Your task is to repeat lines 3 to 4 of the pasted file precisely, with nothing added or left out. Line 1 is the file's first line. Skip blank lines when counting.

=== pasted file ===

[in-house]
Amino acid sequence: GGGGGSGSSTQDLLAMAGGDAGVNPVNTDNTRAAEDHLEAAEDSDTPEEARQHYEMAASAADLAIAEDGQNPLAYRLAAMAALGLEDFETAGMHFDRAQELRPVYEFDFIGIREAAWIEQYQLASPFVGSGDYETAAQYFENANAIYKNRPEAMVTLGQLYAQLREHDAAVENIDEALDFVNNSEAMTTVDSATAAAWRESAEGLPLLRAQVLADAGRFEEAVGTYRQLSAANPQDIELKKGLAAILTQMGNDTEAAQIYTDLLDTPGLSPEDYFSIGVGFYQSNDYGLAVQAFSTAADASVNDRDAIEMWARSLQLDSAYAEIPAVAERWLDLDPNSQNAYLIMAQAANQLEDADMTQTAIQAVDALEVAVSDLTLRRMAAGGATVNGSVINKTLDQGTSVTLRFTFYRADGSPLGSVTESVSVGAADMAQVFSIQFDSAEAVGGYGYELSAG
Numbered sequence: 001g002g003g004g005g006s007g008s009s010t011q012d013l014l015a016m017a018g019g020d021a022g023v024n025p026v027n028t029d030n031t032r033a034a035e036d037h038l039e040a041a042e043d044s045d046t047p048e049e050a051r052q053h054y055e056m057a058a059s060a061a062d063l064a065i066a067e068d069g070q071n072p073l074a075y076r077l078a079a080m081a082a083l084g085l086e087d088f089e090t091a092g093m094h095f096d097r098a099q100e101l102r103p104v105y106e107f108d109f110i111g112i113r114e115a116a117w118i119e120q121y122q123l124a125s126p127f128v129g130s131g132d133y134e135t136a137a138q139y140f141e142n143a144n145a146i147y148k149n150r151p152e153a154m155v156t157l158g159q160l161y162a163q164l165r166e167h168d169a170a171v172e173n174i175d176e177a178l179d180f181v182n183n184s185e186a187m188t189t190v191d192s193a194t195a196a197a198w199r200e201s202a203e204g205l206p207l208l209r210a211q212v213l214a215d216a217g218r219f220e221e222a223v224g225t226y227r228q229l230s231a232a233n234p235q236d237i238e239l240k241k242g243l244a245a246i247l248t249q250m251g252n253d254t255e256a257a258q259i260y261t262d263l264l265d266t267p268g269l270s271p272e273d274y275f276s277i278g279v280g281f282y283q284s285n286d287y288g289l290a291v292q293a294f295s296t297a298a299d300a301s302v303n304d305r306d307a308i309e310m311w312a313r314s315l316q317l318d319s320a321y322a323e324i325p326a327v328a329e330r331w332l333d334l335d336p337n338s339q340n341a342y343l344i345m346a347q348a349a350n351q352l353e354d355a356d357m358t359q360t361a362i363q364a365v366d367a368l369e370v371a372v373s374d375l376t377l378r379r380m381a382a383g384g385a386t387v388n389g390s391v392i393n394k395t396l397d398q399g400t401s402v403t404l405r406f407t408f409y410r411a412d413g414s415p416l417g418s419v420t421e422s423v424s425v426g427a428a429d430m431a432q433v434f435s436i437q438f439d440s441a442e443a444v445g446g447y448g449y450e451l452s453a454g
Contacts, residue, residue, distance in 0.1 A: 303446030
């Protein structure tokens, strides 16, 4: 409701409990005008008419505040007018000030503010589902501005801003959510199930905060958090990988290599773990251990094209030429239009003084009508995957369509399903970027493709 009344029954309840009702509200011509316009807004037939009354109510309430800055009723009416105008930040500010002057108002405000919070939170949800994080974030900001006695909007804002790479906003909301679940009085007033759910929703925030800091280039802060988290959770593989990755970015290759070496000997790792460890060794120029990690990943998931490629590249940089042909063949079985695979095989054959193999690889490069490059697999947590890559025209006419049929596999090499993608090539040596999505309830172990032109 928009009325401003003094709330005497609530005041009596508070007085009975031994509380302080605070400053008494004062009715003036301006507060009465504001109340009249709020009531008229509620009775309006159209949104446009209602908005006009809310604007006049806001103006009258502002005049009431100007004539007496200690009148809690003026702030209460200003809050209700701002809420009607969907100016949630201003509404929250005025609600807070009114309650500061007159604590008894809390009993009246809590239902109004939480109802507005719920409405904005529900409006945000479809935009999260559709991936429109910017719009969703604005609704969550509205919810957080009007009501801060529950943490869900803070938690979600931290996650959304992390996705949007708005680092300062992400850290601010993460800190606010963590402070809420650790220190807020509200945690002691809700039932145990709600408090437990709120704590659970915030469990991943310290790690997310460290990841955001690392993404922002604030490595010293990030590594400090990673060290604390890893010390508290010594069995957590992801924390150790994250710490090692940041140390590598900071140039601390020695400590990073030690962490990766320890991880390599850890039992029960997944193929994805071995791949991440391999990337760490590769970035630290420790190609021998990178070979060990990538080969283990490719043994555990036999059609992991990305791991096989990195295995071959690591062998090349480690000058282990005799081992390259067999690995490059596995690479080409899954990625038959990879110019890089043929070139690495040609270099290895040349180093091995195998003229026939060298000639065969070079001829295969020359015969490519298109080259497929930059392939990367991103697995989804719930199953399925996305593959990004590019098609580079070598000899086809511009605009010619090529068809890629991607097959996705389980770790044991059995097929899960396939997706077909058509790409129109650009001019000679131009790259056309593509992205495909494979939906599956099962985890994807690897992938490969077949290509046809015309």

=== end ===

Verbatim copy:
Numbered sequence: 001g002g003g004g005g006s007g008s009s010t011q012d013l014l015a016m017a018g019g020d021a022g023v024n025p026v027n028t029d030n031t032r033a034a035e036d037h038l039e040a041a042e043d044s045d046t047p048e049e050a051r052q053h054y055e056m057a058a059s060a061a062d063l064a065i066a067e068d069g070q071n072p073l074a075y076r077l078a079a080m081a082a083l084g085l086e087d088f089e090t091a092g093m094h095f096d097r098a099q100e101l102r103p104v105y106e107f108d109f110i111g112i113r114e115a116a117w118i119e120q121y122q123l124a125s126p127f128v129g130s131g132d133y134e135t136a137a138q139y140f141e142n143a144n145a146i147y148k149n150r151p152e153a154m155v156t157l158g159q160l161y162a163q164l165r166e167h168d169a170a171v172e173n174i175d176e177a178l179d180f181v182n183n184s185e186a187m188t189t190v191d192s193a194t195a196a197a198w199r200e201s202a203e204g205l206p207l208l209r210a211q212v213l214a215d216a217g218r219f220e221e222a223v224g225t226y227r228q229l230s231a232a233n234p235q236d237i238e239l240k241k242g243l244a245a246i247l248t249q250m251g252n253d254t255e256a257a258q259i260y261t262d263l264l265d266t267p268g269l270s271p272e273d274y275f276s277i278g279v280g281f282y283q284s285n286d287y288g289l290a291v292q293a294f295s296t297a298a299d300a301s302v303n304d305r306d307a308i309e310m311w312a313r314s315l316q317l318d319s320a321y322a323e324i325p326a327v328a329e330r331w332l333d334l335d336p337n338s339q340n341a342y343l344i345m346a347q348a349a350n351q352l353e354d355a356d357m358t359q360t361a362i363q364a365v366d367a368l369e370v371a372v373s374d375l376t377l378r379r380m381a382a383g384g385a386t387v388n389g390s391v392i393n394k395t396l397d398q399g400t401s402v403t404l405r406f407t408f409y410r411a412d413g414s415p416l417g418s419v420t421e422s423v424s425v426g427a428a429d430m431a432q433v434f435s436i437q438f439d440s441a442e443a444v445g446g447y448g449y450e451l452s453a454g
Contacts, residue, residue, distance in 0.1 A: 303446030